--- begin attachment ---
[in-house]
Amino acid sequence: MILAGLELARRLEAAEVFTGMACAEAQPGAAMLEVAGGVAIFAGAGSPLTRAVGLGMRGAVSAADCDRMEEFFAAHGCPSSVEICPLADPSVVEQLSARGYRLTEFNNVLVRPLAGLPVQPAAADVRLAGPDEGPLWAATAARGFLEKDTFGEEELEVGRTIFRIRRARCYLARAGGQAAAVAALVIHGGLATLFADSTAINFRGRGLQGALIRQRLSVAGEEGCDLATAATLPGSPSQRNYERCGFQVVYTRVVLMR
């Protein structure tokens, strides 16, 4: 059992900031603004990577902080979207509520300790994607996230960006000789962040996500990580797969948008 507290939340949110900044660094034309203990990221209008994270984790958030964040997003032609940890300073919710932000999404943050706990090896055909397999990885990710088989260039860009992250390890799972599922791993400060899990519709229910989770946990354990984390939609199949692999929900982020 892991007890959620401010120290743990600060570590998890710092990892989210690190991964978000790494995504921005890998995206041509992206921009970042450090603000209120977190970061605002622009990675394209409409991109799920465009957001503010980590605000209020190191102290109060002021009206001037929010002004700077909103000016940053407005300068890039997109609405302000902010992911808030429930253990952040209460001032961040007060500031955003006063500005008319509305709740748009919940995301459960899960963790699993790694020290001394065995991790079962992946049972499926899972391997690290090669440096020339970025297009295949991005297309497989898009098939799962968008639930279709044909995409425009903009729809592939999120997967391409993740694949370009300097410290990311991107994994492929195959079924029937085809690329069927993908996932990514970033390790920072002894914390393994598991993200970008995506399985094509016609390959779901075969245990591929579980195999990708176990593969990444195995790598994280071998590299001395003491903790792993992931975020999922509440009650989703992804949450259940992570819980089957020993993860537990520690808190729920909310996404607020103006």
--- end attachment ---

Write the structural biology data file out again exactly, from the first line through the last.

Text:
[in-house]
Amino acid sequence: MILAGLELARRLEAAEVFTGMACAEAQPGAAMLEVAGGVAIFAGAGSPLTRAVGLGMRGAVSAADCDRMEEFFAAHGCPSSVEICPLADPSVVEQLSARGYRLTEFNNVLVRPLAGLPVQPAAADVRLAGPDEGPLWAATAARGFLEKDTFGEEELEVGRTIFRIRRARCYLARAGGQAAAVAALVIHGGLATLFADSTAINFRGRGLQGALIRQRLSVAGEEGCDLATAATLPGSPSQRNYERCGFQVVYTRVVLMR
């Protein structure tokens, strides 16, 4: 059992900031603004990577902080979207509520300790994607996230960006000789962040996500990580797969948008 507290939340949110900044660094034309203990990221209008994270984790958030964040997003032609940890300073919710932000999404943050706990090896055909397999990885990710088989260039860009992250390890799972599922791993400060899990519709229910989770946990354990984390939609199949692999929900982020 892991007890959620401010120290743990600060570590998890710092990892989210690190991964978000790494995504921005890998995206041509992206921009970042450090603000209120977190970061605002622009990675394209409409991109799920465009957001503010980590605000209020190191102290109060002021009206001037929010002004700077909103000016940053407005300068890039997109609405302000902010992911808030429930253990952040209460001032961040007060500031955003006063500005008319509305709740748009919940995301459960899960963790699993790694020290001394065995991790079962992946049972499926899972391997690290090669440096020339970025297009295949991005297309497989898009098939799962968008639930279709044909995409425009903009729809592939999120997967391409993740694949370009300097410290990311991107994994492929195959079924029937085809690329069927993908996932990514970033390790920072002894914390393994598991993200970008995506399985094509016609390959779901075969245990591929579980195999990708176990593969990444195995790598994280071998590299001395003491903790792993992931975020999922509440009650989703992804949450259940992570819980089957020993993860537990520690808190729920909310996404607020103006």